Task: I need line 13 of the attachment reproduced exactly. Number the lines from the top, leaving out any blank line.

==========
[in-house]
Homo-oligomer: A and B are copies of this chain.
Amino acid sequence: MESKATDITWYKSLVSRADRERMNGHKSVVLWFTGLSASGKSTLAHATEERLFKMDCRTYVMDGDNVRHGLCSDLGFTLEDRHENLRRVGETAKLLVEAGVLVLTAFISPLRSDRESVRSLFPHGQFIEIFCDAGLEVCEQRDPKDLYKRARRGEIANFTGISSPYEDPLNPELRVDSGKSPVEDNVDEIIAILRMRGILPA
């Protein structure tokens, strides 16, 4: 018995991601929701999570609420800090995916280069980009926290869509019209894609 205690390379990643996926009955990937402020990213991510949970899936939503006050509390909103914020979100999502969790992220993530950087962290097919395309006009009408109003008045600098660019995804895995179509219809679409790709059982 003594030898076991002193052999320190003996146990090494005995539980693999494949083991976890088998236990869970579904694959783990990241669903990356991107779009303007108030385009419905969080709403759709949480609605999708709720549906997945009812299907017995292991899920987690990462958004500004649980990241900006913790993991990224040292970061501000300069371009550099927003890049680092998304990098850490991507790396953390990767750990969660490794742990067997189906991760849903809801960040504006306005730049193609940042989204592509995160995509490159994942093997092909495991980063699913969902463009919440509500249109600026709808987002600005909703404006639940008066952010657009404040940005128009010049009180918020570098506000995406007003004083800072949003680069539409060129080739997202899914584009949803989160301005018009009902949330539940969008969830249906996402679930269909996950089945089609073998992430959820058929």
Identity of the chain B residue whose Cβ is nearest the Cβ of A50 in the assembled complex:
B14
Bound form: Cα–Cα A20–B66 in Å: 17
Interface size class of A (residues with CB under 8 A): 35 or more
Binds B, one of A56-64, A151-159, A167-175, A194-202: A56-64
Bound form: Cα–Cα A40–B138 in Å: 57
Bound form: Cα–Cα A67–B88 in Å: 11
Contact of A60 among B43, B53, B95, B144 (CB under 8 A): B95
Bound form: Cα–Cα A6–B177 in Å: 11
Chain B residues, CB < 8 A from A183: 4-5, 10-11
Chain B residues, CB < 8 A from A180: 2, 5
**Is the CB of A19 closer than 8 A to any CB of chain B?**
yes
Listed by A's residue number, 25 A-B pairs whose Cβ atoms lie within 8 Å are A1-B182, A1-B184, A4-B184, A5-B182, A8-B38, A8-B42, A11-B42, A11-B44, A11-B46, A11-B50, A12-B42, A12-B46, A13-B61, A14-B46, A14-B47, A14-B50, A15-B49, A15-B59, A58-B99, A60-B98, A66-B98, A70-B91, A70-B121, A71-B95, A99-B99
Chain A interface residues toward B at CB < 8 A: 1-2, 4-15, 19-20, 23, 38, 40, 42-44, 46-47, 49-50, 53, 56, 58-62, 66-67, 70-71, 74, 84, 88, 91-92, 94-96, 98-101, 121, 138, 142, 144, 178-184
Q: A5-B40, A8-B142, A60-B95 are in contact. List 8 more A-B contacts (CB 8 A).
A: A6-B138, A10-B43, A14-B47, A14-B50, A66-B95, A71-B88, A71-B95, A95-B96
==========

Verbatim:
Bound form: Cα–Cα A6–B177 in Å: 11